Age Is Just A Number: Ask Recent Grad Thomas James
By Sheryl E. Taylor
It’s no secret that the University of Houston-Downtown is special, different and non-traditional.
The UHD student body…more than 50 percent are part-time students who are balancing work, family and school and the average age is between 25-30 percent. And this spring, we have three graduates who are over the age of 60.
In fact, Thomas James is 69 years of age and now a proud Gator alumnus.
Even though James has worked all of his life, he knew that his life’s purpose wasn’t being fulfilled and that it was just beginning. “I’m healthy, I take care of myself, and honestly, I don’t feel my age,” he emphasized. “I believe you are as young as you feel and my purpose in this world is not over yet. God told me that he could still use me, and that it’s never too late to follow your dreams. So now I’m pursuing my dream with the gift that God has given me … my mind.”
By way of Maryland, James moved to Houston in 1989. He attended Houston Community College to earn two certifications (Mental Health & Services-Chemical Dependency Counselor and Licensed Chemical Dependency Counselor Intern). It was suggested that attend UHD for a bachelor's degree, which he earned in 2017.
And, he’s glad he did.
“It’s an excellent institution for learning,” said the Pittsburgh native. “You really experience how the professors are sincerely concerned about ensuring that their students learn and grasp the information they taught, and they always made themselves available when you needed it.”
For the now 2020 graduate, it just made sense to continue his educational journey at UHD to pursue a master’s in Nonprofit Management.
Presently, James works at a transitional facility that monitors individuals who have been released to the facility’s care from the Texas Department of Criminal Justice in Huntsville to complete their last 60 to 90 days prior to their final release. Once they successfully complete the facility’s program, they can be discharged back to their family and community.
With his new degree, James plans to continue his college journey to earn a Ed.D. with career aspirations to teach at the University of Houston-Downtown.“I have burning desire to teach and have an positive impact, just like the University had an impact on me,” James emphasized. “It’s not just about giving back to the community; I believe I can make a difference.”Any advice or encouragement for someone who may be thinking about going back to college?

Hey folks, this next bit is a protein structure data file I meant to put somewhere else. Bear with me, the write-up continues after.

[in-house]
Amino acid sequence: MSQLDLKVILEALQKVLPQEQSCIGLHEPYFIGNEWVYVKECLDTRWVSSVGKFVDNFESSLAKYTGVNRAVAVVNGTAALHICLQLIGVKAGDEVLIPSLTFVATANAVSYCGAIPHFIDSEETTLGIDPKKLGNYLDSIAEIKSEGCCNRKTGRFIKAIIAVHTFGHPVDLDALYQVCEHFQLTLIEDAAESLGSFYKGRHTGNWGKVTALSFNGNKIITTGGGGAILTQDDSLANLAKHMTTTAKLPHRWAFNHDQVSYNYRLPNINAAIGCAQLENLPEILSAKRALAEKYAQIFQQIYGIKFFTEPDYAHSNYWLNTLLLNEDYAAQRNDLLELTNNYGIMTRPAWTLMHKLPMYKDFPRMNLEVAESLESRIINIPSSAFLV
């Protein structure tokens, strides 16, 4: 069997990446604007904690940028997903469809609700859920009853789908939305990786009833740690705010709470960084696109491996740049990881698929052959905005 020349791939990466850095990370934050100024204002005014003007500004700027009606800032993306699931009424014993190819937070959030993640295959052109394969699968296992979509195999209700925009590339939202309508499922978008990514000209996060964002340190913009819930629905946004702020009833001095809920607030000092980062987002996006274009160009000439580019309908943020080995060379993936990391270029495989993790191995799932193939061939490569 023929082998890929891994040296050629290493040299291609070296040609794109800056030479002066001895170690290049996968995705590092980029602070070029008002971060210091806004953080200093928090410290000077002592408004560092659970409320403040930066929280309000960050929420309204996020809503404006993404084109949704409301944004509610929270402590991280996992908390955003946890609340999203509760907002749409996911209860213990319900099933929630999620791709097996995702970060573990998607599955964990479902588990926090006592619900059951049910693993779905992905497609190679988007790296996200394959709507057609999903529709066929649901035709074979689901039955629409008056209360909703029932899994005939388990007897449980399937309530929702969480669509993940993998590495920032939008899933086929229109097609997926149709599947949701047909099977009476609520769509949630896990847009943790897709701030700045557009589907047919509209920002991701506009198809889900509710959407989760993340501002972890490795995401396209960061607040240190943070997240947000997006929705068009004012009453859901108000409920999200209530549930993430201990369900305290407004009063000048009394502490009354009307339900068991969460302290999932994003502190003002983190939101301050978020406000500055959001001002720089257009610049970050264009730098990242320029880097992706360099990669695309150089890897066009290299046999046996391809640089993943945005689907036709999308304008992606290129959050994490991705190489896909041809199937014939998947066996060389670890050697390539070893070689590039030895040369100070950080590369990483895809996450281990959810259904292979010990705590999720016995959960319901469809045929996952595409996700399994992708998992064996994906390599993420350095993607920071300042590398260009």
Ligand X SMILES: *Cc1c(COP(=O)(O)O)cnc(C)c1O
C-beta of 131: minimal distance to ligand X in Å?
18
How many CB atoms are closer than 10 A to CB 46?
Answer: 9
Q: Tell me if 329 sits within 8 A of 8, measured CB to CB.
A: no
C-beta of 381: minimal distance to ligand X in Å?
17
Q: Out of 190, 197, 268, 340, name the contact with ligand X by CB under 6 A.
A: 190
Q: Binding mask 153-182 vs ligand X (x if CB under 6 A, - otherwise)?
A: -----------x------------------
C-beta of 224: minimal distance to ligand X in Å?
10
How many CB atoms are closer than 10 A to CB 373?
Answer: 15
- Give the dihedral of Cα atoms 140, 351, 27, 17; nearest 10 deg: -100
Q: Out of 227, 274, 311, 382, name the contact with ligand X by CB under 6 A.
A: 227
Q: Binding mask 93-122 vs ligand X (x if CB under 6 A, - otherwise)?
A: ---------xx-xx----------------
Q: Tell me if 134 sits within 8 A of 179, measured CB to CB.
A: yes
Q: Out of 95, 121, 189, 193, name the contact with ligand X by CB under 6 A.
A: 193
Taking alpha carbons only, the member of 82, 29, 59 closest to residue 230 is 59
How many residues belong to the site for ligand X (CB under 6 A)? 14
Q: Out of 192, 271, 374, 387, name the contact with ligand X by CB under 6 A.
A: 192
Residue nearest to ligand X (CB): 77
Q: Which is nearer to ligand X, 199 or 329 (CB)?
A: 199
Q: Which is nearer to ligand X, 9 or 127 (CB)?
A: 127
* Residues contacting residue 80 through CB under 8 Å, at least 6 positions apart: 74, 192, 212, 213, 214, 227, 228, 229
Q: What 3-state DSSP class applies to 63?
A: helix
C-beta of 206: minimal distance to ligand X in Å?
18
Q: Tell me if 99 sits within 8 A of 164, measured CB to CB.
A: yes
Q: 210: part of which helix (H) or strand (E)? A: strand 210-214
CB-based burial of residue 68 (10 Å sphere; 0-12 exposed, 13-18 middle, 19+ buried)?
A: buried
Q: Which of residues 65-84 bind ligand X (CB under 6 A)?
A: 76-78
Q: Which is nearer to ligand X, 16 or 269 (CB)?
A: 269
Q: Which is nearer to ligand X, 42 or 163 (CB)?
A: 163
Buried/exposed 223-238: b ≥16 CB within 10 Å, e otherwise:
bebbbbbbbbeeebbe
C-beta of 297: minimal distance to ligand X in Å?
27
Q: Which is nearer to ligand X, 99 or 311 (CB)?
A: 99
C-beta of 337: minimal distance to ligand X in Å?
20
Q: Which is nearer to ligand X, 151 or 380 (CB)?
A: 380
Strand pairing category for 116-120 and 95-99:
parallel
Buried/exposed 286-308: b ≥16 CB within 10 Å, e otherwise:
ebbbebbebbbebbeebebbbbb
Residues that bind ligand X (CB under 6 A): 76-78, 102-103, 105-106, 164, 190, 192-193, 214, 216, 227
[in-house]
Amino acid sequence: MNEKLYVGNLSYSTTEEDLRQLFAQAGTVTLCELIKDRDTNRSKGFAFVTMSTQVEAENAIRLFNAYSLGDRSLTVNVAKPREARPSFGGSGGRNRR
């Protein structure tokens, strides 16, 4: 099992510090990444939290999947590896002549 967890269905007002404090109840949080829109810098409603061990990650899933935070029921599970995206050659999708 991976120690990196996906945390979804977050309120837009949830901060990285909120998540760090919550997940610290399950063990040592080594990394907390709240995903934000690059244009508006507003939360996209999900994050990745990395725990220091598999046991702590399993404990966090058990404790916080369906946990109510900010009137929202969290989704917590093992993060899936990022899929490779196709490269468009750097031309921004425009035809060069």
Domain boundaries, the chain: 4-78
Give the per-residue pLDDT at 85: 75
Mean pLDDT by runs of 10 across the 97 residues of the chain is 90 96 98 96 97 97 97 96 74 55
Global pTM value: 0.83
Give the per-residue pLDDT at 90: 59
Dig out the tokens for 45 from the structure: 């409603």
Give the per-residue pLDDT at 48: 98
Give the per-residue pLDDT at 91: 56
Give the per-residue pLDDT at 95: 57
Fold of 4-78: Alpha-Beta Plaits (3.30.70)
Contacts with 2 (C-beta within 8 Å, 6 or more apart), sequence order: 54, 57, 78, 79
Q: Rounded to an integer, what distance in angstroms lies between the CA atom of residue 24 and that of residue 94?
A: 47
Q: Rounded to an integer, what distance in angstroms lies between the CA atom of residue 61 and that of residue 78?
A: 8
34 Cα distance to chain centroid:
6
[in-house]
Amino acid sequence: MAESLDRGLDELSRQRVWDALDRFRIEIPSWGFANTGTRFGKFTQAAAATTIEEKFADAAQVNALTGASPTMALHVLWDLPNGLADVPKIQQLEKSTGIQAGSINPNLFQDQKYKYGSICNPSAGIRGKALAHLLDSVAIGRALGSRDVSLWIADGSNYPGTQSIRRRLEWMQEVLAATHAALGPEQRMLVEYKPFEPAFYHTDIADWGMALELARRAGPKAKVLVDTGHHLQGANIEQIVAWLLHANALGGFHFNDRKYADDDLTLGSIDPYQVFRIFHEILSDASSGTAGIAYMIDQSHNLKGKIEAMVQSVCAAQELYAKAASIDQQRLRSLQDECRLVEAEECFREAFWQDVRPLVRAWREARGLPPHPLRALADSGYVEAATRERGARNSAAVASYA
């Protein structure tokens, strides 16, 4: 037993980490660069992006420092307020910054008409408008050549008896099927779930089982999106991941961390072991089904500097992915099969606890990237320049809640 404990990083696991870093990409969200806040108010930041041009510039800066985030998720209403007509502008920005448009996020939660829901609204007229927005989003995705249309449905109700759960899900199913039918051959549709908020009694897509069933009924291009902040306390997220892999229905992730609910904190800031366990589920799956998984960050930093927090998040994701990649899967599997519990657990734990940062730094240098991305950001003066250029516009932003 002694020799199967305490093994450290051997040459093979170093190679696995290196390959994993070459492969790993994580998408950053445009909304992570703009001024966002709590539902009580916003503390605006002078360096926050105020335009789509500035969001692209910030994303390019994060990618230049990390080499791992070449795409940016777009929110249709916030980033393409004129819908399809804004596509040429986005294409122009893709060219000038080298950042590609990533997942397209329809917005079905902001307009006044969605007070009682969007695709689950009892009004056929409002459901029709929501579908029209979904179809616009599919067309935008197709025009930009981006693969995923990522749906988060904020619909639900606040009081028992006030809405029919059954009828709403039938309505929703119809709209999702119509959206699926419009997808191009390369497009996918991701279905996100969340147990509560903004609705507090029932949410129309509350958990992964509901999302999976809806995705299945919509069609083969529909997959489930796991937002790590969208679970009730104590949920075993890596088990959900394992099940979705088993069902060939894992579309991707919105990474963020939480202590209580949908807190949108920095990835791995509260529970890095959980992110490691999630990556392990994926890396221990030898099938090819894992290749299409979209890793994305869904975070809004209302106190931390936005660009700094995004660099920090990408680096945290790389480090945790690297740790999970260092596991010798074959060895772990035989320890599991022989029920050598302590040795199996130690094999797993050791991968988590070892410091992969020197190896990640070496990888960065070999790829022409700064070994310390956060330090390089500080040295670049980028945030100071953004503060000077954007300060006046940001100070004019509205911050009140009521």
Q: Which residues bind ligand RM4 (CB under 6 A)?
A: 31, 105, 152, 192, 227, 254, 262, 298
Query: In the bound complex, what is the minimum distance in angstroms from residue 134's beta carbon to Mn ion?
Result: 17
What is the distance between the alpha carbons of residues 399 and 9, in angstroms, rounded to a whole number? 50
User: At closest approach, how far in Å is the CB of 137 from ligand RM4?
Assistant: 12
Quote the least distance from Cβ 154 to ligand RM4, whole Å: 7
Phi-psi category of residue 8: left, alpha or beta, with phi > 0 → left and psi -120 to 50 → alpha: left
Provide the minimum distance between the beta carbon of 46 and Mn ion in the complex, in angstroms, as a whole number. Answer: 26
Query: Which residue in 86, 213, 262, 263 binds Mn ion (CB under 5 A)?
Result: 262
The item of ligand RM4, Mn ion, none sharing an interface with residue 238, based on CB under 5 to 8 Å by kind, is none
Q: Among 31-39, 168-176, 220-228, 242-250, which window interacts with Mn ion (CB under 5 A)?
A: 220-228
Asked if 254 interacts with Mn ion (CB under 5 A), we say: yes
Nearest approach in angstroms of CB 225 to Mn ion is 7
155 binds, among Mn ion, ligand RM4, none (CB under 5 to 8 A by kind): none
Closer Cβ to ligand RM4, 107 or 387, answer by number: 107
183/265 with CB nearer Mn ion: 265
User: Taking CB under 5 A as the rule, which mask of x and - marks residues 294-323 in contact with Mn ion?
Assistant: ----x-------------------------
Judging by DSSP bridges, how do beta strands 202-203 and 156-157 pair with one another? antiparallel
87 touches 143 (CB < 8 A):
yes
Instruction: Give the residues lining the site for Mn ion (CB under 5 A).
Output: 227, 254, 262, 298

“If you want it bad enough you can do it,” he said. “The only limitations for reaching higher is ourselves. Follow your heart and don’t let anyone or anything deter you from your dream.”
The University of Houston-Downtown (UHD) – the second-largest university in Houston – has served the educational needs of the nation’s fourth-largest city since 1974.
As one of four distinct public universities in the University of Houston System, UHD is a comprehensive four-year university led by President Loren J. Blanchard. Annually, UHD educates more than 15,000 students; boasts more than 61,000 alumni and offers 45 bachelor’s, nine master’s degree programs and 16 fully online programs within five colleges (Marilyn Davies College of Business; Humanities & Social Sciences; Public Service; Sciences & Technology; and University College).
For the fourth consecutive year, U.S. News & World Report ranks UHD among universities across the nation for Best Online Criminal Justice Programs (No. 27 and No. 15 for Veterans) and Best Online Bachelor’s Programs.
UHD has the most affordable tuition among four-year universities in Houston and one of the lowest in Texas. U.S. News ranked the University among Top Performers on Social Mobility and awarded UHD a No. 1 ranking as the most diverse institution of higher education in the southern region of the U.S. The University is noted nationally as a Hispanic-Serving Institution, Minority-Serving Institution and Military Friendly School. For more on the University of Houston-Downtown, visit www.uhd.edu.